IT lessons: Henley adopts Web conferencing

Web conferencing is proving to be ideal for distance-learning management courses, writes Daniel Thomas.

Web conferencing is proving to be ideal for distance-learning management courses, writes Daniel Thomas.

Henley Management College in Oxfordshire, one of the pioneers of the distance-learning MBA (master of business administration), is using Web conferencing technology to support the delivery of its management training courses.

Henley College, which offers short electronic courses in subjects such as e-business and competitor intelligence to participants from areas as geographically distant as the West Indies and the Middle East, says Web conferencing is a natural progression from its existing use of e-learning tools.

E-learning has been in place to support the MBA and executive courses for many years and the core platform has been available as a Web-based e-learning tool since 1999.

The platform provides asynchronous connectivity but the college wanted a synchronous tool to support more personal learning, explains Matty Smith, director of learning and teaching services. "Our research showed that Web conferencing is the only tool that fully supports a collaborative group-learning approach," he says.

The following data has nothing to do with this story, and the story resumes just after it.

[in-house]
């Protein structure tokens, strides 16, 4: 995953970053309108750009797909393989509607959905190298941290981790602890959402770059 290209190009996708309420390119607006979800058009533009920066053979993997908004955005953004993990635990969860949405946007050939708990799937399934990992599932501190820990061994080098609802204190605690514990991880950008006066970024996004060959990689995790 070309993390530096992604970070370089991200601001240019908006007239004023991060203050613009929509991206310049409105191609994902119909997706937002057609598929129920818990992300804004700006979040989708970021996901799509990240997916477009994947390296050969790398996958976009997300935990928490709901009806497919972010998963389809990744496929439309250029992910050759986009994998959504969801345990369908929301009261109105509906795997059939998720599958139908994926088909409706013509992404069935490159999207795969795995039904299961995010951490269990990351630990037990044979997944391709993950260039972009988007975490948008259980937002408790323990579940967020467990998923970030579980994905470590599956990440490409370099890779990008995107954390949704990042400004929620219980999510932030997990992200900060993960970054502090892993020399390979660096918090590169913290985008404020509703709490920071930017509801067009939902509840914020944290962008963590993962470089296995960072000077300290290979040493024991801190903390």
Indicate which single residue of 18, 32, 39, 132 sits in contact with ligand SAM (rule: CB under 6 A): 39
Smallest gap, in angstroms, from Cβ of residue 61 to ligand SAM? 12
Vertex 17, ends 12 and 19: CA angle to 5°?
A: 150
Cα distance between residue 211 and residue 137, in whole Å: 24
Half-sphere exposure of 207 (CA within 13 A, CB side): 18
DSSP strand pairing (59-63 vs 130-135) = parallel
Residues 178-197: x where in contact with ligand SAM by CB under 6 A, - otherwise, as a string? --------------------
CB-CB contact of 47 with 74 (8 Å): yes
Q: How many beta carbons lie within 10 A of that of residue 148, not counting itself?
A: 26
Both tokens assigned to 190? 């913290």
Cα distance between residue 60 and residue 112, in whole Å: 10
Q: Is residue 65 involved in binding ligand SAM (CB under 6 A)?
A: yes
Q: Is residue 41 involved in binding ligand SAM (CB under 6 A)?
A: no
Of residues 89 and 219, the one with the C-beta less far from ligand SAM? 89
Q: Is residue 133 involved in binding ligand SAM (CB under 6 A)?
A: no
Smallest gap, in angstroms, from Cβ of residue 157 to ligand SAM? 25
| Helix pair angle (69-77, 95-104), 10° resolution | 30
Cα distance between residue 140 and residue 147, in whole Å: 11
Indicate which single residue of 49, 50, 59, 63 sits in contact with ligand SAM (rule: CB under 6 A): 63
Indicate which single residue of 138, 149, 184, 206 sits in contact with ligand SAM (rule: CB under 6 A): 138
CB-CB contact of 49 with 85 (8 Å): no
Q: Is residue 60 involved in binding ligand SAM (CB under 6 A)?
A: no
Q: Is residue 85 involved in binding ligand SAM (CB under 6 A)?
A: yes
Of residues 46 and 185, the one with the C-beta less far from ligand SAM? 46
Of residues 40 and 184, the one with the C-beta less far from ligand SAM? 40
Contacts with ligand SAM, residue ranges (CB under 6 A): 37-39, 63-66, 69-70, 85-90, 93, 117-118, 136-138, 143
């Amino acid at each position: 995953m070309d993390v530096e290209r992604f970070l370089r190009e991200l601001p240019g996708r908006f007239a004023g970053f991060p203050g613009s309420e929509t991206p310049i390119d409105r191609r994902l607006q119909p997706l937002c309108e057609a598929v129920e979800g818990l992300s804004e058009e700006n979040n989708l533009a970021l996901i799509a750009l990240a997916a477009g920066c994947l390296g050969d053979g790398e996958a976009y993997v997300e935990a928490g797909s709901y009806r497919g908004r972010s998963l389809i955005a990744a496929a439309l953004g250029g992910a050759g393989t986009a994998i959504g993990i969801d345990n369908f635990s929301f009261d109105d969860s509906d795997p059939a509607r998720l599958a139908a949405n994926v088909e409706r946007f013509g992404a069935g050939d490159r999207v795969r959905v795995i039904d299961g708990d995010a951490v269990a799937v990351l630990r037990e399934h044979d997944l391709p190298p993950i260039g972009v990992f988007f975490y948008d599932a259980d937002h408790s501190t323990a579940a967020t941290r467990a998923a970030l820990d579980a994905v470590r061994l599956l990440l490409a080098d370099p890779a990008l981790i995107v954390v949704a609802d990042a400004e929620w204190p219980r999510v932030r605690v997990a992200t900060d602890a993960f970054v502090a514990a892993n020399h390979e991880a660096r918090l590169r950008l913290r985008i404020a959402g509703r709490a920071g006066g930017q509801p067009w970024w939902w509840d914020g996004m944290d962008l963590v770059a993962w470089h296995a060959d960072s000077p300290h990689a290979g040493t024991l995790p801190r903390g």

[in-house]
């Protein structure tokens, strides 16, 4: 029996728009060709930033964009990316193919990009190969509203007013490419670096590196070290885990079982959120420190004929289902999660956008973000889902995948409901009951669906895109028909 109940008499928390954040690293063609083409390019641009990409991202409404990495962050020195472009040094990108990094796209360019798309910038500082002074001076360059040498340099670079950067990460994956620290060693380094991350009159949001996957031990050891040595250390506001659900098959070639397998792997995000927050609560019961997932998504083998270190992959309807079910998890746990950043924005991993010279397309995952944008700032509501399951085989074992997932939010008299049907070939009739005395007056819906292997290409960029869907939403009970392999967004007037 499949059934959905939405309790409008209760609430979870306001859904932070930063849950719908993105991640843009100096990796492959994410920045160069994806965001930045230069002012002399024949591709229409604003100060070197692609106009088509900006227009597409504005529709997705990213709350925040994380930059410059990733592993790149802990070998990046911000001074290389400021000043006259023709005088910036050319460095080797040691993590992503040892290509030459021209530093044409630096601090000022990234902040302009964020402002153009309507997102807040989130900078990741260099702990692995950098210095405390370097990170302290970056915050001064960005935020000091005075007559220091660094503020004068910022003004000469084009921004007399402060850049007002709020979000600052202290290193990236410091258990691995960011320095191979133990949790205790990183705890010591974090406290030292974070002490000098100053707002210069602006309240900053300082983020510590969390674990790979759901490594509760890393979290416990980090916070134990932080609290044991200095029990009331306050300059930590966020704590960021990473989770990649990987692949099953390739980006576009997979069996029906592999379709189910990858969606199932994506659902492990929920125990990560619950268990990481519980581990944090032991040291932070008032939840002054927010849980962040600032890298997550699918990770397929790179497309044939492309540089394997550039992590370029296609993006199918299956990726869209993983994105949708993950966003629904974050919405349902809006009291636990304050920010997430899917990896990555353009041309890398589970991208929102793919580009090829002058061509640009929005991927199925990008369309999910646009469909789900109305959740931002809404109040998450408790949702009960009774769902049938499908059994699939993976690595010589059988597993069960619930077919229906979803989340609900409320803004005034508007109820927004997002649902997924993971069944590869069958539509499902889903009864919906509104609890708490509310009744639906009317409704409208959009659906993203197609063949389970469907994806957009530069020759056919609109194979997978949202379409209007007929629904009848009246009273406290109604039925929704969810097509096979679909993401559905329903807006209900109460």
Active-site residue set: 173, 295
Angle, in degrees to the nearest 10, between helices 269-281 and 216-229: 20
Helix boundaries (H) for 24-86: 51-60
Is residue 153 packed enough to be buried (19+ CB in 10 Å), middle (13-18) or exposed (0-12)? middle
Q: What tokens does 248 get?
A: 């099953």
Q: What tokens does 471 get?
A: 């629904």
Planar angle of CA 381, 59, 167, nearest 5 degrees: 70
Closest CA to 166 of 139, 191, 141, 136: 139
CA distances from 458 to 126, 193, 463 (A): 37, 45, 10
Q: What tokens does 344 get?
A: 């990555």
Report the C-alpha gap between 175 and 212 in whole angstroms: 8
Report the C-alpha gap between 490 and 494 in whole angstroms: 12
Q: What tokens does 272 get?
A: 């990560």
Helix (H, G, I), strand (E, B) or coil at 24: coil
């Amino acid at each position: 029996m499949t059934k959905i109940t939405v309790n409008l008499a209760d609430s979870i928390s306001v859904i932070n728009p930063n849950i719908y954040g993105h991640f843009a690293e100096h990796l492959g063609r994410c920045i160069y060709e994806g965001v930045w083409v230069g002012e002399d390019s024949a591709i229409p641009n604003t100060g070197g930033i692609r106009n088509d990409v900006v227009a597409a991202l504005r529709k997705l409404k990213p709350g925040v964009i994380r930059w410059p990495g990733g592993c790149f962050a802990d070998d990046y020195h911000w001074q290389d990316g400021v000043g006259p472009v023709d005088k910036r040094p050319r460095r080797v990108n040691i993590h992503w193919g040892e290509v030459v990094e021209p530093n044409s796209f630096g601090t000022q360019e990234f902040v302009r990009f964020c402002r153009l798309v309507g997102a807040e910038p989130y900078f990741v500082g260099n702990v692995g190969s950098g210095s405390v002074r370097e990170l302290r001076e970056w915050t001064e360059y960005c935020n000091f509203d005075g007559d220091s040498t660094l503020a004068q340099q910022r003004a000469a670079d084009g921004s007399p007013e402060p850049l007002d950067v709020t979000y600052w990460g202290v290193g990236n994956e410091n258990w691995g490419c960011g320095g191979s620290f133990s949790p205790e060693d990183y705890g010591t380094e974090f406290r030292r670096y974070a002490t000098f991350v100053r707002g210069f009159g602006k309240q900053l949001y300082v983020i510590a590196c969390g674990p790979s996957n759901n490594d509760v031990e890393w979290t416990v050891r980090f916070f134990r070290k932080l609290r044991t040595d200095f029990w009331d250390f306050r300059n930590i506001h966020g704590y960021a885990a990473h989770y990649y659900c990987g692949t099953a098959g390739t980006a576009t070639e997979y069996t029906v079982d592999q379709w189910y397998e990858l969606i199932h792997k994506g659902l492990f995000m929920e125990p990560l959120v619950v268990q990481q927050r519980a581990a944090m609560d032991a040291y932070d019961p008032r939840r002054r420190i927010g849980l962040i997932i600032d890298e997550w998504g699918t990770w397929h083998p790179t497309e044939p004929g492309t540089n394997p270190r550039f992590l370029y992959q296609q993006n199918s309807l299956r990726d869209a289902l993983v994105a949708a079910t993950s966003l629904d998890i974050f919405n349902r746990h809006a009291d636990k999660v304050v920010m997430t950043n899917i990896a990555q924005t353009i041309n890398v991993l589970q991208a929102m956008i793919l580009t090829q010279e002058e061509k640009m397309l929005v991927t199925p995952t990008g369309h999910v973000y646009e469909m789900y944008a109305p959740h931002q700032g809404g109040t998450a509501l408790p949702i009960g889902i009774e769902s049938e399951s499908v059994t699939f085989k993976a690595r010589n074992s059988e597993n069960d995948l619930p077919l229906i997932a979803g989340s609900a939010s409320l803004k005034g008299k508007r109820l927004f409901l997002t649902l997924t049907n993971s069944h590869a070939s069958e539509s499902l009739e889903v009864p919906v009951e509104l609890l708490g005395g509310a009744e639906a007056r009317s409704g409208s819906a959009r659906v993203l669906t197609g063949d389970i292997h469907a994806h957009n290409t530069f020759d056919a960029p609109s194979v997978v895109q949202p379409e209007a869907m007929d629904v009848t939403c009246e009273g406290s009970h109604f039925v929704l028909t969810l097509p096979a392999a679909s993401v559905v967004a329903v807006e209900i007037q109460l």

Henley College trialled the use of audio and videoconferencing but a number of problems ensued after the implementation, says Smith.

For example, he says, many of the home participants did not have the necessary equipment to use the system, forcing them to travel to a separate centre, negating the time and cost benefits videoconferencing claimed to offer. In addition, Smith says it did not allow for information to be transferred in a collaborative way - an essential tenet of the college's approach to study.

Audio conferencing proved to be more useful, robust and cost-effective than video but the use of the technology was limited due to the fact that course members could only interact verbally. It was also incapable of showing and sharing applications, which is particularly important for e-courses.

After the problems encountered during these trials, the college opted for Web conferencing, externally hosted by supplier PlaceWare.

Although it required changes to traditional teaching methods, Web conferencing has enabled tutors to present to distributed learners in a more structured and focused way, Smith says.

Web conferencing, he explains, not only allows tutors and students to share applications, such as Powerpoint, Word and Excel, but it also supports real-time interaction. Course members make frequent use of the application's tools for voting, whiteboarding (entering free text or images on screen) and submitting text-based questions. These tools, Smith says, are an essential way for assessing course members' comprehension, extending learning and exchanging information.

Smith expects the college to extend its use of the technology in the coming months. "The success of the project is attested by the fact that Web conferencing is fast replacing the collaboration tools we used before," he says.

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